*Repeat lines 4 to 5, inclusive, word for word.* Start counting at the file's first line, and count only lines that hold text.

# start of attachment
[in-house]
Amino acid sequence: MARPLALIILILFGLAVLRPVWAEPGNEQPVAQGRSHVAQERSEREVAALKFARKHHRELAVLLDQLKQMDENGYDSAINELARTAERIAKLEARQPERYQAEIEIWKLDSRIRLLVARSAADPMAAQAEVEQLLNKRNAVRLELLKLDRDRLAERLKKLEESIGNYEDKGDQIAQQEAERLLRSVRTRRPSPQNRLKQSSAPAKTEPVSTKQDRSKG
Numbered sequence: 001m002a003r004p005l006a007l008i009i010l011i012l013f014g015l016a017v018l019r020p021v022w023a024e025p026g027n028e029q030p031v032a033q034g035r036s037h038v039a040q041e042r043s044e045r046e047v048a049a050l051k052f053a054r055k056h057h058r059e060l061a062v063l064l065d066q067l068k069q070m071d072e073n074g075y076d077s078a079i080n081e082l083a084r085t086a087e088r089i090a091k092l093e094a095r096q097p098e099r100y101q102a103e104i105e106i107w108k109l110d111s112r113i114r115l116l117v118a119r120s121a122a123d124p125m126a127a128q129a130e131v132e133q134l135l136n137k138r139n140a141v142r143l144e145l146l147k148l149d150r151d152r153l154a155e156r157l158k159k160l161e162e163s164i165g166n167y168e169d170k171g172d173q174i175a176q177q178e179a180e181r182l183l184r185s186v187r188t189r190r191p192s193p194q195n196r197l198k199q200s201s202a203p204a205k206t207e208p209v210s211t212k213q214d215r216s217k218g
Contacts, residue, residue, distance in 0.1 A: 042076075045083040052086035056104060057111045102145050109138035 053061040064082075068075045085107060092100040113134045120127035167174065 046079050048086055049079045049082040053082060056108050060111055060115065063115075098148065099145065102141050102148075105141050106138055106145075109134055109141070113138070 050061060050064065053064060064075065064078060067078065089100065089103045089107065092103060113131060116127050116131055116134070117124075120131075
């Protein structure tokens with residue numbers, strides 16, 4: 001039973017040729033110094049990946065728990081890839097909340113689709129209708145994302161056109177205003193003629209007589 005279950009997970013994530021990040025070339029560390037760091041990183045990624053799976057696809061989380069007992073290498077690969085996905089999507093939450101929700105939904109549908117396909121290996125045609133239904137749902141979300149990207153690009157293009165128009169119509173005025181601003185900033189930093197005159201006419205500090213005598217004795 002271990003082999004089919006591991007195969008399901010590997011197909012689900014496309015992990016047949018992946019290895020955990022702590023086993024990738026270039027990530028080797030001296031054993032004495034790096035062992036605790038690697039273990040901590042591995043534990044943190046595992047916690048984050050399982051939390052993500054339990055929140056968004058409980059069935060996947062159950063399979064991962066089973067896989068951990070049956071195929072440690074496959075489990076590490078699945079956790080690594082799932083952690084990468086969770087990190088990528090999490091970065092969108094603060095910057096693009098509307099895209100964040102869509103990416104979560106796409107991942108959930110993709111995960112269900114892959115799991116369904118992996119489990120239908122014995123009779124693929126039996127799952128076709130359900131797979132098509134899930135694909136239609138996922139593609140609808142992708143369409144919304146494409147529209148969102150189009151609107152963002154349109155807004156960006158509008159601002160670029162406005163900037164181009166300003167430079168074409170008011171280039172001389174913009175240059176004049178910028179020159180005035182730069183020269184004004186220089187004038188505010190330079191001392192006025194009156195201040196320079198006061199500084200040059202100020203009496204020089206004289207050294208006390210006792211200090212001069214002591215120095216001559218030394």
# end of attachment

Contacts, residue, residue, distance in 0.1 A: 042076075045083040052086035056104060057111045102145050109138035 053061040064082075068075045085107060092100040113134045120127035167174065 046079050048086055049079045049082040053082060056108050060111055060115065063115075098148065099145065102141050102148075105141050106138055106145075109134055109141070113138070 050061060050064065053064060064075065064078060067078065089100065089103045089107065092103060113131060116127050116131055116134070117124075120131075
């Protein structure tokens with residue numbers, strides 16, 4: 001039973017040729033110094049990946065728990081890839097909340113689709129209708145994302161056109177205003193003629209007589 005279950009997970013994530021990040025070339029560390037760091041990183045990624053799976057696809061989380069007992073290498077690969085996905089999507093939450101929700105939904109549908117396909121290996125045609133239904137749902141979300149990207153690009157293009165128009169119509173005025181601003185900033189930093197005159201006419205500090213005598217004795 002271990003082999004089919006591991007195969008399901010590997011197909012689900014496309015992990016047949018992946019290895020955990022702590023086993024990738026270039027990530028080797030001296031054993032004495034790096035062992036605790038690697039273990040901590042591995043534990044943190046595992047916690048984050050399982051939390052993500054339990055929140056968004058409980059069935060996947062159950063399979064991962066089973067896989068951990070049956071195929072440690074496959075489990076590490078699945079956790080690594082799932083952690084990468086969770087990190088990528090999490091970065092969108094603060095910057096693009098509307099895209100964040102869509103990416104979560106796409107991942108959930110993709111995960112269900114892959115799991116369904118992996119489990120239908122014995123009779124693929126039996127799952128076709130359900131797979132098509134899930135694909136239609138996922139593609140609808142992708143369409144919304146494409147529209148969102150189009151609107152963002154349109155807004156960006158509008159601002160670029162406005163900037164181009166300003167430079168074409170008011171280039172001389174913009175240059176004049178910028179020159180005035182730069183020269184004004186220089187004038188505010190330079191001392192006025194009156195201040196320079198006061199500084200040059202100020203009496204020089206004289207050294208006390210006792211200090212001069214002591215120095216001559218030394």